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Do Employees on Workers Compensation Claims Accrue Annual Leave Entitlements in WA?

Do Employees on Workers Compensation Claims Accrue Annual Leave Entitlements in WA?​

Whether an employee on a workers compensation claim accrues annual leave entitlements will be dependant on the relevant State’s workers compensation legislation.

In Western Australia, it is the general position that an employee will accrue annual leave while on a workers compensation claim, as confirmed in Touhey v Salini Australia Pty Ltd [2022] FCA 55.

In this case, Mr Touhey was absent from work and receiving workers compensation payments under the Workers Compensation and Injury Management Act 1981 (WA) from 15 January 2019 to 20 January 2020 (workers compensation period).

After the Mr Touhey’s employment ended he claimed that Salini had underpaid him 154.5 hours of annual leave plus the 17.5% leave loading component which accrued during the workers compensation period.

Justice Banks-Smith laid out the relevant law as follows –

Section 87 of the Fair Work Act  
Entitlement to Annual Leave
For each year of service with an employer (other than periods of employment as a casual employee of the employer) an employee is entitled to:

(a) 4 weeks of paid annual leave 
Accrual of Leave
An employee’s entitlement to paid annual leave accrues progressively during a year of service according to the employee’s ordinary hours of work, and accumulates from year to year.

Section 90 of the Fair Work Act 
Payment for Annual Leave
(1) if, in accordance with this Division, an employee takes a period of paid annual leave, the employer must pay the employee at the employee’s base rate of pay for the ordinary hours of work in the period.

(2) if, when the employment of an employee ends, the employee has a period of untaken paid annual leave, the employer must pay the employee the amount that would have been payable to the employee had the employee taken that period of leave.

Section 130 of the Fair Work Act 2009 –
Restriction on taking or accruing leave or absence while receiving workers’ compensation
(1) An employee is not entitled to take or accrue any leave or absence (whether paid or unpaid) under this Part during a period (a compensation period ) when the employee is absent from work because of a personal illness, or a personal injury, for which the employee is receiving compensation payable under a law (a compensation law) of the Commonwealth, a State or a Territory that is about workers’ compensation.

(2) Subsection (1) does not prevent an employee from taking or accruing leave during a compensation period if the taking or accruing of the leave is permitted by a compensation law. 
In Western Australia, the relevant compensation law is provided for in the Workers Compensation and Injury Management Act 1981 (WA) which states:

Section 80 of the Workers Compensation and Injury Management Act 1981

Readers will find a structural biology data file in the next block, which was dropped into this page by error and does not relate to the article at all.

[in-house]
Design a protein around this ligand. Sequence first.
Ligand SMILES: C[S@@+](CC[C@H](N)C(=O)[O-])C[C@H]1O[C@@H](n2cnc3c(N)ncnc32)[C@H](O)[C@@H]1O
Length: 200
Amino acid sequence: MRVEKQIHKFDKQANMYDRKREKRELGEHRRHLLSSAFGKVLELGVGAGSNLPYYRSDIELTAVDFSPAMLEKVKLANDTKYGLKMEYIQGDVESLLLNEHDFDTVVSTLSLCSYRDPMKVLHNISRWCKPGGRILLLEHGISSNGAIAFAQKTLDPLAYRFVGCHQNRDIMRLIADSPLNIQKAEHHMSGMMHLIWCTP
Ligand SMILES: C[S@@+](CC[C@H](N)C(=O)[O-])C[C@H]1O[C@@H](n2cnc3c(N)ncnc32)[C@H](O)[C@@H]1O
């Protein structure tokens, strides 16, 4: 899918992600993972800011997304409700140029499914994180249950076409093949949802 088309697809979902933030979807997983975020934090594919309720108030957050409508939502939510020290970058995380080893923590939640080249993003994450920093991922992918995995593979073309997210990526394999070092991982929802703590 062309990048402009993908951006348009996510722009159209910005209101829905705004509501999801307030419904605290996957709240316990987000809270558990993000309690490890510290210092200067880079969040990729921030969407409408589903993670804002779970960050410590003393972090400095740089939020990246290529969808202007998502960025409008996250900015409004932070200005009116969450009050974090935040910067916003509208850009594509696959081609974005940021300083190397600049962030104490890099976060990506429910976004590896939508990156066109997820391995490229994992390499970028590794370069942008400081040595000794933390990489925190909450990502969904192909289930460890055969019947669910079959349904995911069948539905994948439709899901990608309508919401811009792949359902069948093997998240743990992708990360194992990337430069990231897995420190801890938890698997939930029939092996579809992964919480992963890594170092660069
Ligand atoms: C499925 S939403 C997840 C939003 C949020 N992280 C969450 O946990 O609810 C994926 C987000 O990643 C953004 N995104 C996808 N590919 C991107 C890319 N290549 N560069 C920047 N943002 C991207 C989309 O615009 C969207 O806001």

Effect of leave entitlements; effect on sick leave.
(1) Compensation is payable in accordance with this Act to a worker in respect of any period of in capacity notwithstanding that the worker has received or is entitled to receive in respect of such period any payment, allowance, or benefit for annual leave or long service leave under any Act of the Commonwealth or of the State, any industrial award under any such Act, or any other industrial agreement applicable to his employment, and the amount of compensation so payable shall be the amount which would have been payable to the worker had he not received or been entitled to receive in respect of such period any such payment, allowance, or benefit. 

Justice Banks-Smith Concluding
At paragraph [42] –
Mr Touhey as Salini’s employee was entitled to accrue and take annual leave in accordance with Division 6 of Part 2-2 of Chapter 2 of the FW Act. This division constitutes part of the National Employment Standards being the minimum standards applying to the employment of an employee as section 61 of the FW Act provides that an employer must not contravene a provision of the National Employment Standards. It is a civil remedy provision.

At paragraph [64] –
I am therefore satisfied that Salini failed to pay to Mr Touhey upon the end of his employment the amounts for untaken annual leave was entitled to accrue in the period from 15 January 2019 to 20 January 2020, and that Salini thereby contravened section 90(2) and section 44 of the FW Act.

Currently, breaching a civil remedy provision may attract penalties of up to $93,900.00 for corporations and $18,780.00 for individuals (directors, pay roll, management, HR).

This case is an excellent example as to why business owners and payroll should seek guidance on employee entitlements in unfamiliar circumstances as underpayments can attract back payments and significant penalties under the FW Act.

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